Information Poverty & Marginalization
Information poverty (Chatman, 1996) is a theory that describes how people from marginalized groups decide if and when seeking information from a particular source or in a particular place becomes too risky. The theory says that power and privilege influence a person’s physical, emotional, intellectual, or financial ability to seek, find, and use information, and when the potential costs of using a source (like the library) outweigh the benefits, people choose not to use the space. The theory of Information marginalization, on the other hand, describes the mechanisms in institutions and or community/social groups create information poverty. Policies and practices like demanding excessive personal information, withholding information, or putting community members at risk for incarceration could all make the potential costs of using the library too high. Disparate impacts on different groups are also important to consider. Fines that inconvenience some patrons and are prohibitive to others are not equitable or inclusive.
Providing high-quality information services to traditionally marginalized communities require librarians and other information professionals, (whether they are building social or technical information systems) to understand information poverty and information marginalization as perspectives that illuminate the mismatch of information values and power imbalance that often exists between marginalized people and the institutions that claim to serve them.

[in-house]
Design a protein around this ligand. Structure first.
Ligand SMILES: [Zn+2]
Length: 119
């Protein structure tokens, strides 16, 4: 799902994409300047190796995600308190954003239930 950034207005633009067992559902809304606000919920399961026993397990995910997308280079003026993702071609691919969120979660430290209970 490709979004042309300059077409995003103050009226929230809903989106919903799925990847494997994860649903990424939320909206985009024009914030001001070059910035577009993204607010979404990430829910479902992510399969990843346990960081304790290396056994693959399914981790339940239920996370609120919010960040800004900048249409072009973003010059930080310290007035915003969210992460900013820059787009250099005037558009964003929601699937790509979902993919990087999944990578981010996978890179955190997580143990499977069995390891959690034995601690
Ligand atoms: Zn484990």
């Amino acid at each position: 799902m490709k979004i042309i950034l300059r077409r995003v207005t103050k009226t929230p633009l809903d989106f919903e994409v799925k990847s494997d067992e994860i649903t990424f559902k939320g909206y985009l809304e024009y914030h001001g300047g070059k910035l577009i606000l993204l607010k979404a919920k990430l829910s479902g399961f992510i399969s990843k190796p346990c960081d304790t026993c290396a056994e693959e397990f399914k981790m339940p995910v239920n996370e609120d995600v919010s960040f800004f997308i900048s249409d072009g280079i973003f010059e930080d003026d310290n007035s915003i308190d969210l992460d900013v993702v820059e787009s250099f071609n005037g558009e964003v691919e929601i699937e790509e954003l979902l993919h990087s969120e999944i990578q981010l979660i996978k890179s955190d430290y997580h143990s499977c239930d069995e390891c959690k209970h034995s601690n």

It is important for librarians and information professionals to examine how power imbalances manifest in the different contexts and at different scales throughout the library. An understanding of the ways in which marginalization occurs and the range of responses people experiencing informational marginalization is essential in order to make meaningful changes to create equitable information systems that serve diverse communities well.
Adapted from Re-Situating Information Poverty: Information Marginalization and Parents of Individuals With Disabilities (Gibson & Martin, 2019)
Pause for Reflection
- What dangers might using the library pose to your community members (disabled community members in particular)? If you’re having trouble, start by thinking about what happens when community members break rules or policies.
- What information do you ask for? What could the risk of personal data collection be for different community members?
- What could be some of the potential repercussions of these groups, not being able to access the information they need?